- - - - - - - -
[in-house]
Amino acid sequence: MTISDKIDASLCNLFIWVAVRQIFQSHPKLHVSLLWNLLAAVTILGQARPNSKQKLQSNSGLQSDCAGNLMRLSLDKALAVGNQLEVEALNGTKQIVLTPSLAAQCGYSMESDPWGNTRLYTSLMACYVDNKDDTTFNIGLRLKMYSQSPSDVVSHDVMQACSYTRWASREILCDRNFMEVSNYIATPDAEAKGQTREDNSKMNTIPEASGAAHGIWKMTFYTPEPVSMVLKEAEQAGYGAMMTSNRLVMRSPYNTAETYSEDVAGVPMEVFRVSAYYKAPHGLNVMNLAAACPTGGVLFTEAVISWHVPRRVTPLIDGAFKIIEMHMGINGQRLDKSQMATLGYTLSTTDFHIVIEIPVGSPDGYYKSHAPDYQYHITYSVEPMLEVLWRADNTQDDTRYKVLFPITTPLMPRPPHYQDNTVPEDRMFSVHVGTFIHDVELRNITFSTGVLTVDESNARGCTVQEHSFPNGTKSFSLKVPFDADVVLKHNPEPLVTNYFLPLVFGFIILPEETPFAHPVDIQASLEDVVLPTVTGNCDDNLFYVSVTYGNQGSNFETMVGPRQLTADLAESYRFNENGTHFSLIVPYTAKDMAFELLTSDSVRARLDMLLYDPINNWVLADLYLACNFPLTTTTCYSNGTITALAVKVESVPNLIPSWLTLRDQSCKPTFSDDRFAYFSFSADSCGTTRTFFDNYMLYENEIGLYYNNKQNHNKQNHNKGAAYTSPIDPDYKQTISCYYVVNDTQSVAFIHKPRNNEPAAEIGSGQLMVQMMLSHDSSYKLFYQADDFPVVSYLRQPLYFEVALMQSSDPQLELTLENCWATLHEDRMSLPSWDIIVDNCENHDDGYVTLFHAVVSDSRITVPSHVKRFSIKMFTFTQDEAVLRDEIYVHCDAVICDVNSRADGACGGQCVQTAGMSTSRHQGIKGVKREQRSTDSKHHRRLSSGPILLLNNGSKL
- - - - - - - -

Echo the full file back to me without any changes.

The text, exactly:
[in-house]
Amino acid sequence: MTISDKIDASLCNLFIWVAVRQIFQSHPKLHVSLLWNLLAAVTILGQARPNSKQKLQSNSGLQSDCAGNLMRLSLDKALAVGNQLEVEALNGTKQIVLTPSLAAQCGYSMESDPWGNTRLYTSLMACYVDNKDDTTFNIGLRLKMYSQSPSDVVSHDVMQACSYTRWASREILCDRNFMEVSNYIATPDAEAKGQTREDNSKMNTIPEASGAAHGIWKMTFYTPEPVSMVLKEAEQAGYGAMMTSNRLVMRSPYNTAETYSEDVAGVPMEVFRVSAYYKAPHGLNVMNLAAACPTGGVLFTEAVISWHVPRRVTPLIDGAFKIIEMHMGINGQRLDKSQMATLGYTLSTTDFHIVIEIPVGSPDGYYKSHAPDYQYHITYSVEPMLEVLWRADNTQDDTRYKVLFPITTPLMPRPPHYQDNTVPEDRMFSVHVGTFIHDVELRNITFSTGVLTVDESNARGCTVQEHSFPNGTKSFSLKVPFDADVVLKHNPEPLVTNYFLPLVFGFIILPEETPFAHPVDIQASLEDVVLPTVTGNCDDNLFYVSVTYGNQGSNFETMVGPRQLTADLAESYRFNENGTHFSLIVPYTAKDMAFELLTSDSVRARLDMLLYDPINNWVLADLYLACNFPLTTTTCYSNGTITALAVKVESVPNLIPSWLTLRDQSCKPTFSDDRFAYFSFSADSCGTTRTFFDNYMLYENEIGLYYNNKQNHNKQNHNKGAAYTSPIDPDYKQTISCYYVVNDTQSVAFIHKPRNNEPAAEIGSGQLMVQMMLSHDSSYKLFYQADDFPVVSYLRQPLYFEVALMQSSDPQLELTLENCWATLHEDRMSLPSWDIIVDNCENHDDGYVTLFHAVVSDSRITVPSHVKRFSIKMFTFTQDEAVLRDEIYVHCDAVICDVNSRADGACGGQCVQTAGMSTSRHQGIKGVKREQRSTDSKHHRRLSSGPILLLNNGSKL